Detail - Ankle


Detailed explanation below



Low BB - Heel Long WB

This is the LOW BB, Long Wheelbase configuration as affected by the HEEL pivot location.
I never intended to use the LOW BB setting - I don't accept change - but I needed to show how easily the invention could be configured to meet the current trend in geometry... well more like the trend 5 years ago... but you get the idea.

You'll notice the offset in the drilling of these mounting holes v. the HIGH BB configuration; this can be explained by arcs and Frigonometry... let's just say that it was intended to allow one change at a time.



Low BB - Heel Short WB

This is the SHORT Wheelbase position equated to the LOW BB configuration


High BB - Heel Long WB

This is the intended mounting position. It is going to sound weird but the LONG Wheelbase position at the HEEL is used for two of the four Wheelbase options. The Wheelbase can be configured for: Long, Short, Extra Long, Extra Short. The prototype Wheelbase was intended to be and is configured as Extra Short. This Requires that the HEEL position be mounted in the LONG setting. This gives me an unweighted Wheelbase of 16.75". I call this extra short since it is a 1/2" shorter than the geometry of the bike that it was replacing. I will include a chart to show Wheelbase Configurations.



High BB - Heel Short WB

This setting allows for both SHORT and EXTRA LONG Wheelbase configurations



Nylon Locking Nut

Bolts Don't Rattle Tight - Me, over and over.
If a bearing were to develop a level of friction that could overcome the tightened down fastener then the reciprocal motion would drive the bolt to loosen. If a bolt comes loose then the addition of a nylon locking nut helps keep the fastener from falling out of the frame. It will develop play but have more of a chance of preventing catastrophic failure.



Brake Hose

Maybe I over think things. The initial concern that I had when I came up with the design of the invention was that I may have to include an extra-long brake hose with each frame. As it turns out I was able to route the brake hose in a way to avoid many issues of frame rub, kinking or excessive bending of the hose while maintaining a typical brake hose length. I had most of it figured out in about 15 minutes. I spent, on and off, at least 100 hours agonizing over whether I could come up with a routing that would be favorable. When it came time to make the cable and hose guides I was very tired of machining. I would make some fine tuning adjustments to the cable routing - including correcting a miscommunication between my welding team and me with regard to the placement of one of the guides. Trapped in my mind for 100 hours over the span of four years I would give my cable routing a 95% for a prototype. I have yet to see better from anyone else; I would insist on correcting the issues for a production model.



Bad Machining

What's a Mill?
Seriously, before I bought my machines I actually asked one of my co-workers (who had a mill) what it was. I learned too that lathes could cut threads. There are places that I misaligned cuts, this is one of them. This was the third part that I made. I knew what a "finishing pass" was but it sounded like a waste of material and electricity to me.

Here I cut too deep into the foot. I think my idea of an acoustic stop failed me (or I failed my idea with my implementation).



No Washer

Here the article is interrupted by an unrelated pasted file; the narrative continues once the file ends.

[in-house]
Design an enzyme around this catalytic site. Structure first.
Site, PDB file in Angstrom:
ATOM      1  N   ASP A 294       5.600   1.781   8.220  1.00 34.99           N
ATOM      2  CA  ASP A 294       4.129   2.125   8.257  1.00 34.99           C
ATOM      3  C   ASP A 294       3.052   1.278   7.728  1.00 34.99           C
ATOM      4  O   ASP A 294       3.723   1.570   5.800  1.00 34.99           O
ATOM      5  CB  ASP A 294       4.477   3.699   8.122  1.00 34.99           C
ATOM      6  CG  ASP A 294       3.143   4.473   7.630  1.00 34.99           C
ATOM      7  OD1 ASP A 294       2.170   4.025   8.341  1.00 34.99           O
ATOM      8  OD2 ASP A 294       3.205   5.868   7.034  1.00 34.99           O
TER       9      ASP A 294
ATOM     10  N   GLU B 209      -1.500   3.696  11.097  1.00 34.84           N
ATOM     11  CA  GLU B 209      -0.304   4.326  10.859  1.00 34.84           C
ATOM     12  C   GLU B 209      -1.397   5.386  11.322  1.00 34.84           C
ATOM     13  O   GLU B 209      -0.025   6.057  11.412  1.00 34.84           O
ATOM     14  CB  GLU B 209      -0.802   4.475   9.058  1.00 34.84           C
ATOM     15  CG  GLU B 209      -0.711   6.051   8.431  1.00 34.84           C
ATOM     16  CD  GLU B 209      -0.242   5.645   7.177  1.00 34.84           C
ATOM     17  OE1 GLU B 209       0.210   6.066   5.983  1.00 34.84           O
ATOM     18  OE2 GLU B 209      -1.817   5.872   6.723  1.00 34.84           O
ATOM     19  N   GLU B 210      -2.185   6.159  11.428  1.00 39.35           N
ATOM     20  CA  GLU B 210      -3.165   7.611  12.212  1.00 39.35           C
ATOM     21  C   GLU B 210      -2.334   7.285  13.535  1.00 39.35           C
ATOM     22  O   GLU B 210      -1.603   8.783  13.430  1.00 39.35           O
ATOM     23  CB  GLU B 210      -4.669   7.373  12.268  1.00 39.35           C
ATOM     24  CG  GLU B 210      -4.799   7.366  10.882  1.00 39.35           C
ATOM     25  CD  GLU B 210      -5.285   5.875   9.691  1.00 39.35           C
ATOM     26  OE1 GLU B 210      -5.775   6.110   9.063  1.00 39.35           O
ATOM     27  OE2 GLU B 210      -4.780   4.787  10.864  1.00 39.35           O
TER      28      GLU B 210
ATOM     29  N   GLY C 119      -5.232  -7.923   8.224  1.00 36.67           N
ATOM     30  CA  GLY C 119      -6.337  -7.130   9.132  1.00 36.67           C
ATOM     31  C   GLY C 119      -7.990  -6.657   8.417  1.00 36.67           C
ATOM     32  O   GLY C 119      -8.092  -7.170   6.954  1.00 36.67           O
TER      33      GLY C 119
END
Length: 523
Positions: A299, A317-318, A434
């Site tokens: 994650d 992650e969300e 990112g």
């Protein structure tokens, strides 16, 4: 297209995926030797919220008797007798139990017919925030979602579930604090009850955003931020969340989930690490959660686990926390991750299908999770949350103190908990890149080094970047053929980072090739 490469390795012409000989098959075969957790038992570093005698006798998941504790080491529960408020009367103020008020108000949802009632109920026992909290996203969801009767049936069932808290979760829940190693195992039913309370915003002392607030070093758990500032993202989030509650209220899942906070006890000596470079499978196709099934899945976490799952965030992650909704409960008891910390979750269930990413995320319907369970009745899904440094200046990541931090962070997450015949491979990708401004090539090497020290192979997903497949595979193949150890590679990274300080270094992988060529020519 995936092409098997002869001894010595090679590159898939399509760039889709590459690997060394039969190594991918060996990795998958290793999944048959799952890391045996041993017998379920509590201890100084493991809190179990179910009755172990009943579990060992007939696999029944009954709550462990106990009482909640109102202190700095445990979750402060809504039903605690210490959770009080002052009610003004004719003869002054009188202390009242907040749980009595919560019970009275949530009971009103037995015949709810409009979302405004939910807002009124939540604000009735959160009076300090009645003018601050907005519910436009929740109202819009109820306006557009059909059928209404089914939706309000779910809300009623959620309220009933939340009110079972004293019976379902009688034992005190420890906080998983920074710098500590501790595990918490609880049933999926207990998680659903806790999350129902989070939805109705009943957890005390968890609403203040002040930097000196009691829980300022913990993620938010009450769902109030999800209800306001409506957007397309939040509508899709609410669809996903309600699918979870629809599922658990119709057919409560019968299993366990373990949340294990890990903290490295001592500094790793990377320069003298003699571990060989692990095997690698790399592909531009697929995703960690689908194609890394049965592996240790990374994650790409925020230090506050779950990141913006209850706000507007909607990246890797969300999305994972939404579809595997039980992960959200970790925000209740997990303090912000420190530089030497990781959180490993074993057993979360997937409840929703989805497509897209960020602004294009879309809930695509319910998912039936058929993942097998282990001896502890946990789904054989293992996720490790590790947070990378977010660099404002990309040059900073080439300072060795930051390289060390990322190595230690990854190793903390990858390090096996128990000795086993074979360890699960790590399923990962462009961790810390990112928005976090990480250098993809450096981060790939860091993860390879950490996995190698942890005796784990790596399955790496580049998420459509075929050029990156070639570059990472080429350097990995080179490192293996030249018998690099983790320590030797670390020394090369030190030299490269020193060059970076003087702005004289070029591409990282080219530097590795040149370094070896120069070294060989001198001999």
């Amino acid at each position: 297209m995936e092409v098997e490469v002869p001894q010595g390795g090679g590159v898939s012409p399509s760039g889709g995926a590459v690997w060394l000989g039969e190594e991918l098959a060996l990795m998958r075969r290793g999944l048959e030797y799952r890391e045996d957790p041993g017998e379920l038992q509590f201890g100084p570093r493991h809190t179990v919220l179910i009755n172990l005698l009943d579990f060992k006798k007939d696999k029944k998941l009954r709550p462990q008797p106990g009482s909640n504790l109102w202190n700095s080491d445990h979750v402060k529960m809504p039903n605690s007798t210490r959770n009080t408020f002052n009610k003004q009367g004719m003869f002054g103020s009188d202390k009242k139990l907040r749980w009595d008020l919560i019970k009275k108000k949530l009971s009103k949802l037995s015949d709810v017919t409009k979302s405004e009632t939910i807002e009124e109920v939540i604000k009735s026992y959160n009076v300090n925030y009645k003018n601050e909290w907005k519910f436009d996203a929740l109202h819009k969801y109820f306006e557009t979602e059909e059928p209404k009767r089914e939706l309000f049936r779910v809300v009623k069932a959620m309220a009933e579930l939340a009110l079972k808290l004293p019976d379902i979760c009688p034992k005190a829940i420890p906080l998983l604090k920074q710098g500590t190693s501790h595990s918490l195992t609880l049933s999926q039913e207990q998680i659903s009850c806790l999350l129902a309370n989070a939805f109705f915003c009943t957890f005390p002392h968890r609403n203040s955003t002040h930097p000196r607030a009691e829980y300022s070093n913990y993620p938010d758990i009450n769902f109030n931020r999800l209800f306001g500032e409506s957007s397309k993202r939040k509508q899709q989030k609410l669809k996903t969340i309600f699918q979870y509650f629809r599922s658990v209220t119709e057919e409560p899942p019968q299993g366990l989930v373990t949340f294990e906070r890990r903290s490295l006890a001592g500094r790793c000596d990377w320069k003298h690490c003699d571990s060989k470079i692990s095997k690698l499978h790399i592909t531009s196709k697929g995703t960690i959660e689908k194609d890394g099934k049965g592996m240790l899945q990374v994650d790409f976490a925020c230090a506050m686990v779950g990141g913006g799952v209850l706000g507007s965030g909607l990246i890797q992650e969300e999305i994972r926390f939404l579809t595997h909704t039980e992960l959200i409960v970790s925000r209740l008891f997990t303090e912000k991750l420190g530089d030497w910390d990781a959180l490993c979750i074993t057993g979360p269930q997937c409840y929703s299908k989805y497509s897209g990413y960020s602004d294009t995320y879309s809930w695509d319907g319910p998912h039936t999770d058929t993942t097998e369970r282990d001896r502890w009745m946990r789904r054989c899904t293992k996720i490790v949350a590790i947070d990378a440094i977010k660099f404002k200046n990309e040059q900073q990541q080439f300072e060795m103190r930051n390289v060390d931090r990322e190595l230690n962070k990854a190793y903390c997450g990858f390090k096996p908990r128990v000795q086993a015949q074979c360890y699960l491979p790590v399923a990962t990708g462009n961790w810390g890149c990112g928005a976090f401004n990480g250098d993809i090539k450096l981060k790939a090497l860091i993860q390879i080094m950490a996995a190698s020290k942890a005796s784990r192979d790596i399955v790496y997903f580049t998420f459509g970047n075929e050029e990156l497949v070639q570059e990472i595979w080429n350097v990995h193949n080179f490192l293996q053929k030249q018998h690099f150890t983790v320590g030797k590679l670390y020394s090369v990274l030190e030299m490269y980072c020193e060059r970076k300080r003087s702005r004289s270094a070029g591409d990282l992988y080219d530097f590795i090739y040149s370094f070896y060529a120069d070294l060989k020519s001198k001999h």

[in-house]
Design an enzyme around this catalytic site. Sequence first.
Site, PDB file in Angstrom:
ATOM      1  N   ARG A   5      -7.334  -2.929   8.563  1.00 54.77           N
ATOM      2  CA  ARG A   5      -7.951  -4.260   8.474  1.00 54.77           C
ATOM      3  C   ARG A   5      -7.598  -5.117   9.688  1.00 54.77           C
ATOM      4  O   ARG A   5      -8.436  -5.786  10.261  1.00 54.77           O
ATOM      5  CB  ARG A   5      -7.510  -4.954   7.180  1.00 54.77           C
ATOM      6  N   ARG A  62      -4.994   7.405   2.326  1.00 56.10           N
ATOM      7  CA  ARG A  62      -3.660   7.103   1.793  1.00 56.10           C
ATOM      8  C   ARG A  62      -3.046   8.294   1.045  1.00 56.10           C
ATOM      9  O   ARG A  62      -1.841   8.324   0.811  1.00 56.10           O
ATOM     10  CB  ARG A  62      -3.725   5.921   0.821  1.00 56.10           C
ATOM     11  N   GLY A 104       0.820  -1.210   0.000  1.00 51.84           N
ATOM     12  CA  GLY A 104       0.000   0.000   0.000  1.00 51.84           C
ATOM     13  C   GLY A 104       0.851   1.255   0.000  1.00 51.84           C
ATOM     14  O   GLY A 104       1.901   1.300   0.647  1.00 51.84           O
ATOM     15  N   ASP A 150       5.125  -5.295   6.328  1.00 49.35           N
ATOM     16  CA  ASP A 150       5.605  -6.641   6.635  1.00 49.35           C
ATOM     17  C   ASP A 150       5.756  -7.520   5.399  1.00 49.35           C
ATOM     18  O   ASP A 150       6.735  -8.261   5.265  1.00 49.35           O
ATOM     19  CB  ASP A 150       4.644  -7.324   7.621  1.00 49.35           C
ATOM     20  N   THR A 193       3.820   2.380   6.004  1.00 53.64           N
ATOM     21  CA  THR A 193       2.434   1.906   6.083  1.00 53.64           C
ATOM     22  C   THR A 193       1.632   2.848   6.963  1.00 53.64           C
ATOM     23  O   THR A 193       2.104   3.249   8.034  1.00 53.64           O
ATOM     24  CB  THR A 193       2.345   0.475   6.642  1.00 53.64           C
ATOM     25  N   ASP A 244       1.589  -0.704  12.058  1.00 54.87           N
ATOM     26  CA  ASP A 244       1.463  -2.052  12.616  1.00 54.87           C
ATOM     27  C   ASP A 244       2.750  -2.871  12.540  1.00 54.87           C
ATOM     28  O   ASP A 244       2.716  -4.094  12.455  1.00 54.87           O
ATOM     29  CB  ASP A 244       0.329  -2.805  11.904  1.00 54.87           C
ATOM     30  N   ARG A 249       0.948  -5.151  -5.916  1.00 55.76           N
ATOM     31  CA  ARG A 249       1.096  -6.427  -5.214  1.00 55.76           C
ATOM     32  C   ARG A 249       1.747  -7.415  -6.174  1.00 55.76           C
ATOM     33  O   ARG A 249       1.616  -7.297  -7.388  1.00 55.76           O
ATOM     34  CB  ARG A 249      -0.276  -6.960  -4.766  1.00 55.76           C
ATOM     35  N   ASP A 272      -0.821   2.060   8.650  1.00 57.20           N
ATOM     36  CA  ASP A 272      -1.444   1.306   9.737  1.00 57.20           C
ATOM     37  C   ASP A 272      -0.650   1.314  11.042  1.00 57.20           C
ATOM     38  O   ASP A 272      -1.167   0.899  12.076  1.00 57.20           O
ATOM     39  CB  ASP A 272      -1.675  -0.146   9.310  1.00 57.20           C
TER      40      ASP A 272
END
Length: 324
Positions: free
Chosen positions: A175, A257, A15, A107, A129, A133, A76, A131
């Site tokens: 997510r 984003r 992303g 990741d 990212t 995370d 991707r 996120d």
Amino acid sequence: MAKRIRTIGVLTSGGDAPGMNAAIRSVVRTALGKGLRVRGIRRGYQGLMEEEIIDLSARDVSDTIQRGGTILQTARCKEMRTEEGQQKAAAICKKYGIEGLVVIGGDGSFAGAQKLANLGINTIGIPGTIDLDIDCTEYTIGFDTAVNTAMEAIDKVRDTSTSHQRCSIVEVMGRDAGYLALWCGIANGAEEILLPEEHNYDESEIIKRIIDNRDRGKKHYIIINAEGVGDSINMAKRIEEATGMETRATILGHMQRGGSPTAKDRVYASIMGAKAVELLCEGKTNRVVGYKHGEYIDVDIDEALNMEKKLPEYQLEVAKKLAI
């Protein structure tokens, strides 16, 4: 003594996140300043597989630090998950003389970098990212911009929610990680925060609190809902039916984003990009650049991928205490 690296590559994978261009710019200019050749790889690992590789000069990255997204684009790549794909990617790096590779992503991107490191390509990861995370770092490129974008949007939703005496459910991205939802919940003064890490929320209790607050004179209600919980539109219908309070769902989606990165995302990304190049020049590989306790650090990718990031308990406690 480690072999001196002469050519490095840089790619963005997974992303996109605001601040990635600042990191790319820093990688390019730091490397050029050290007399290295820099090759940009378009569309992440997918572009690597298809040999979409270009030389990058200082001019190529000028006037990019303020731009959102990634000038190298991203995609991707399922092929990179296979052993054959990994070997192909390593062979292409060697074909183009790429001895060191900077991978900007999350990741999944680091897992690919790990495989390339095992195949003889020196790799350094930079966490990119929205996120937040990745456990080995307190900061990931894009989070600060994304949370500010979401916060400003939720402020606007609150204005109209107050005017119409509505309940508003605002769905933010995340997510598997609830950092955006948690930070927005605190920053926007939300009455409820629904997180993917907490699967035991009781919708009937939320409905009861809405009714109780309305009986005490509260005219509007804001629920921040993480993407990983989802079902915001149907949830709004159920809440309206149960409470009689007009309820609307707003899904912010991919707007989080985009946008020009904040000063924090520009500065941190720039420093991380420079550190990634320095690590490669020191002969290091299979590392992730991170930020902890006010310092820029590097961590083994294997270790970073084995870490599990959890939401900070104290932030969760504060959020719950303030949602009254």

I normally insist not only in using washers to spread load, protect the material and isolate rotational force but I also wrote up a section of the frame manual dedicated to which orientation you were intended to select for the washers in the frame. I can't remember why I didn't use washers. It might have been bolt length, recess diameter, maybe proving a point - like tightrope walking without a net.

If you've ever worked with me and I've ever given you the lecture about "washers have two sides" then you know I finish off with - "I don't know anyone else that cares". Here I didn't use a washer and I can't remember why.



Ankle Long WB

This hole was really only drilled for the purpose of jigging the leg... I mean allows for both the LONG and EXTRA LONG Wheelbase configurations.



Ankle Short WB

I plunged this hole with an endmill after Welding and Heat Treating. This was the intended mounting position, the other was only for jigging and advertising. If deformation occurred during Welding and Heat Treating (and oh wow did it ever) then I would be able to compensate by making prototype level adjustments after the deformation... not acceptable for mass production, perfect for prototyping.

I had this plan established but was encouraged that I was on to something when my Go To photographer told me the story about the deference between mass produced automobiles and one off sports cars. Apparently mass production was enabled by loosening tolerances such that parts could be interchangeable as opposed to the one off every part matches the given unit perfectly.



O-Ring Seal

I rode a BB7. This O-ring not only seals the rod end from contamination, it provides a bumper against vibration. This floating brake mechanism is nearly silent. Even the inherent noise of a rod end going from unloaded to load is dampened by this O-Ring.



Wrench Flats

This is a round bar cutoff from the 7075-T6 axle that I made. The rod ends thread into it and they are held in place using jamb nuts at each end. I know from BB7 floater conventions that you only need one jamb nut but I wanted to ensure that there was no movement between the steel rod end and the aluminum link. I cut 8mm wrench flats into the centre of the link to ensure that each end could be adjusted for rotational position independently.